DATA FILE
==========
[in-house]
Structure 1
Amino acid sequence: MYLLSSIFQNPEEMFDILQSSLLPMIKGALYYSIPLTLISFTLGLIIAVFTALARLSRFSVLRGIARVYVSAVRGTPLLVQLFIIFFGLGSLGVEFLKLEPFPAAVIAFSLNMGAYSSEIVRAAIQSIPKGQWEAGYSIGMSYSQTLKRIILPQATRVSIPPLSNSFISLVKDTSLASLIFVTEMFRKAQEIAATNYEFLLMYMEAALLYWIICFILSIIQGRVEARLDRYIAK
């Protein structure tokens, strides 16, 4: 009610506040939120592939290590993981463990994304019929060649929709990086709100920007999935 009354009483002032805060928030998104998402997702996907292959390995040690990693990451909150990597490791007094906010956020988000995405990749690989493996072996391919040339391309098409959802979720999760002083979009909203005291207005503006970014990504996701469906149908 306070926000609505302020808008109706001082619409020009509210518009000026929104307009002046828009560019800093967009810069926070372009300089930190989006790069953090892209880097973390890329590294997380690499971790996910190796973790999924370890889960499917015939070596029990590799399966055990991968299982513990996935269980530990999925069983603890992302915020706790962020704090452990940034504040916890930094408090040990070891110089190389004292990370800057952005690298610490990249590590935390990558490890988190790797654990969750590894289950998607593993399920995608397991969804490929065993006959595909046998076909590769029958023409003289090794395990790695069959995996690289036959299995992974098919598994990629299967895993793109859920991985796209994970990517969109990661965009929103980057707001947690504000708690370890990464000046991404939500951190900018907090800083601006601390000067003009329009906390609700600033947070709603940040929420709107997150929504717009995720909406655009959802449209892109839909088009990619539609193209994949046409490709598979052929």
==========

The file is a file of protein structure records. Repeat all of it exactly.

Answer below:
[in-house]
Structure 1
Amino acid sequence: MYLLSSIFQNPEEMFDILQSSLLPMIKGALYYSIPLTLISFTLGLIIAVFTALARLSRFSVLRGIARVYVSAVRGTPLLVQLFIIFFGLGSLGVEFLKLEPFPAAVIAFSLNMGAYSSEIVRAAIQSIPKGQWEAGYSIGMSYSQTLKRIILPQATRVSIPPLSNSFISLVKDTSLASLIFVTEMFRKAQEIAATNYEFLLMYMEAALLYWIICFILSIIQGRVEARLDRYIAK
């Protein structure tokens, strides 16, 4: 009610506040939120592939290590993981463990994304019929060649929709990086709100920007999935 009354009483002032805060928030998104998402997702996907292959390995040690990693990451909150990597490791007094906010956020988000995405990749690989493996072996391919040339391309098409959802979720999760002083979009909203005291207005503006970014990504996701469906149908 306070926000609505302020808008109706001082619409020009509210518009000026929104307009002046828009560019800093967009810069926070372009300089930190989006790069953090892209880097973390890329590294997380690499971790996910190796973790999924370890889960499917015939070596029990590799399966055990991968299982513990996935269980530990999925069983603890992302915020706790962020704090452990940034504040916890930094408090040990070891110089190389004292990370800057952005690298610490990249590590935390990558490890988190790797654990969750590894289950998607593993399920995608397991969804490929065993006959595909046998076909590769029958023409003289090794395990790695069959995996690289036959299995992974098919598994990629299967895993793109859920991985796209994970990517969109990661965009929103980057707001947690504000708690370890990464000046991404939500951190900018907090800083601006601390000067003009329009906390609700600033947070709603940040929420709107997150929504717009995720909406655009959802449209892109839909088009990619539609193209994949046409490709598979052929």